In this recent incident however, he has not been taken back to the police station and given the statutory warnings about this. Therefore these are 2 completely separate offences, this most recent offence is called, 'failing to comply with a preliminary (raodside) breath test', as his refusal is solely at the roadside he will just be facing penalty points.

Thanks so much for all the info your supplying. He was never asked for a specimen of breath at anytime whilst the police had stopped him. The officer asked him to turn off the engine, he complied. He confirmed his name and address and the officer returned to his car. My partner then drove away, and fearful of losing his license so soon after the last ban (he actually refused a specimen at both roadside and police station for last offence), he ran.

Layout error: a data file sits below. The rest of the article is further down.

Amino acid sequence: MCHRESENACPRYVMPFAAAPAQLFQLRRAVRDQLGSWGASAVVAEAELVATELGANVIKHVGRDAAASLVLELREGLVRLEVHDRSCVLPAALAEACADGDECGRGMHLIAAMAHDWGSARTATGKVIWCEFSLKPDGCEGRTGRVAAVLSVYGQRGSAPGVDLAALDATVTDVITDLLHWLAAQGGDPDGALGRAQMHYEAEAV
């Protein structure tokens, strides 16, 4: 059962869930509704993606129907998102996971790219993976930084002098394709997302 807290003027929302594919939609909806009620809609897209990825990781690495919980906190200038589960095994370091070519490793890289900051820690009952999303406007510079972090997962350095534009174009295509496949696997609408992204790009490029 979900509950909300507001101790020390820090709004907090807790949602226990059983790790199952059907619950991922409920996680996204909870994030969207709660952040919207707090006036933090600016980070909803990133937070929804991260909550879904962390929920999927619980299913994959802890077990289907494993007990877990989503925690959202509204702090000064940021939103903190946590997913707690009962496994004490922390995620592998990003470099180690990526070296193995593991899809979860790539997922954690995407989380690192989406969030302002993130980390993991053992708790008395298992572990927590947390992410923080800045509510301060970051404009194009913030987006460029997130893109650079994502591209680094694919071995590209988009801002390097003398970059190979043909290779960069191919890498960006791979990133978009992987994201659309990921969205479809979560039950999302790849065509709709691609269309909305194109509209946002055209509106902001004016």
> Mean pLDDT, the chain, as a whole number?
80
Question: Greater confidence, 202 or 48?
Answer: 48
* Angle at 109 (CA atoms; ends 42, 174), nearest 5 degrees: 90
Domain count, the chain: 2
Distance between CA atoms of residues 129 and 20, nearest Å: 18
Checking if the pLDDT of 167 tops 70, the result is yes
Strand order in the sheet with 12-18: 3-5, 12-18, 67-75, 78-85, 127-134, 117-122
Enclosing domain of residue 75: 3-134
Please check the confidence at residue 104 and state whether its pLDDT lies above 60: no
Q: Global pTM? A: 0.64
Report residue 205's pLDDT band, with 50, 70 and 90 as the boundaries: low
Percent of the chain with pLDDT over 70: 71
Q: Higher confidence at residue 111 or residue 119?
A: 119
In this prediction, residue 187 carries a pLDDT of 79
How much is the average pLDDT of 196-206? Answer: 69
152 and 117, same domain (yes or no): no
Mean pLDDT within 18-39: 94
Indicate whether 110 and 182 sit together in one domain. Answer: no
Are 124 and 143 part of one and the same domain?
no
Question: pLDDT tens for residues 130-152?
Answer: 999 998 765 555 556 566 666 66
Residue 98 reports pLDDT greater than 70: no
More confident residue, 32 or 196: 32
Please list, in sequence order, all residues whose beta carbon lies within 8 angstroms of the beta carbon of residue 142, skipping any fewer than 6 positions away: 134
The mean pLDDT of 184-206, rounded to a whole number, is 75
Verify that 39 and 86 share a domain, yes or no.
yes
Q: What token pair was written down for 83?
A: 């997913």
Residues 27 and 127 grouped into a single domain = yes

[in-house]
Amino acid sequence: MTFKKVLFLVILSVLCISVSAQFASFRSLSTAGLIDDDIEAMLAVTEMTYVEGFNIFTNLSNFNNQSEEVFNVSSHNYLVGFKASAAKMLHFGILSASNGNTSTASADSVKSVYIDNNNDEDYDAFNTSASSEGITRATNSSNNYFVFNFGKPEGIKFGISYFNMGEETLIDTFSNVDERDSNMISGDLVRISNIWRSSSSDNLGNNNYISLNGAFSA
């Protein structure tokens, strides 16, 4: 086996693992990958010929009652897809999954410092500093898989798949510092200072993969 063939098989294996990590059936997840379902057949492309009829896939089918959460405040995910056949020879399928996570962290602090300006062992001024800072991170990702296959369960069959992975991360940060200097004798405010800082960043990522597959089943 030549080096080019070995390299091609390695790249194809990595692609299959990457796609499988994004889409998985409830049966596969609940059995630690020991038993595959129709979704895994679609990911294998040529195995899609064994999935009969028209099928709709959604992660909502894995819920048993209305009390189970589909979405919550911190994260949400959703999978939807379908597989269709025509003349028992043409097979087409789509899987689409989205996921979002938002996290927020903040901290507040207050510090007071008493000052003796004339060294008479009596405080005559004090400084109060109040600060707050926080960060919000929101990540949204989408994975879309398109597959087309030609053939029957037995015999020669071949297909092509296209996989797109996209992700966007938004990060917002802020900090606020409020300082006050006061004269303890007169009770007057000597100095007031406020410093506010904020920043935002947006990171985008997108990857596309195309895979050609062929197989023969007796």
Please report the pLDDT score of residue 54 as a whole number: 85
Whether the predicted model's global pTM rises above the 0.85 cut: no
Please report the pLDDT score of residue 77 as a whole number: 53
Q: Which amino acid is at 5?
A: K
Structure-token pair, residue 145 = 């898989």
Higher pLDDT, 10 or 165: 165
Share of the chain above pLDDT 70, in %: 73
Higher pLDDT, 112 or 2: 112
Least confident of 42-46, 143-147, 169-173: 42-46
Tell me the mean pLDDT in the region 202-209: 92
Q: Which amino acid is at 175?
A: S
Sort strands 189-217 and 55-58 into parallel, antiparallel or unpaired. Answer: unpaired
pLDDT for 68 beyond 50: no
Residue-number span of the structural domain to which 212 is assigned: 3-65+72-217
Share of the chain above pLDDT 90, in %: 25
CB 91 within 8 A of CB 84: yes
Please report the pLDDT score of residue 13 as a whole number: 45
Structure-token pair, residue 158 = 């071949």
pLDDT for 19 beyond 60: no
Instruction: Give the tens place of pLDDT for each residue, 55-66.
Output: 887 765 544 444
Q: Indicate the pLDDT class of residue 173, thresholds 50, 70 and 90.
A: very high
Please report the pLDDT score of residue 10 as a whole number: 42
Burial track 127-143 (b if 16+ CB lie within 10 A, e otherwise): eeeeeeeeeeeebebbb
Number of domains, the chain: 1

Once he had found out the police were looking for him, he rang and spoke to the officer who met with him and charged him with "failing to stop" and "failing to provide". Failing to stop offence he reluctantly accepts this as he ran after parking the van up but with regards to "failing to supply", he was not requested to do so at any point. Can he still be charged with the offence of failing to provide if he was never asked and officer never even had a breathalyser in his possession? Please bear in mind that this offence is in Scotland also. Many Thanks
 
If the offence has occurred in Scotland you would need to speak to a specialist in that area, Gildeas Solicitors have a specialist motoring team, their number is 0845 051 0810.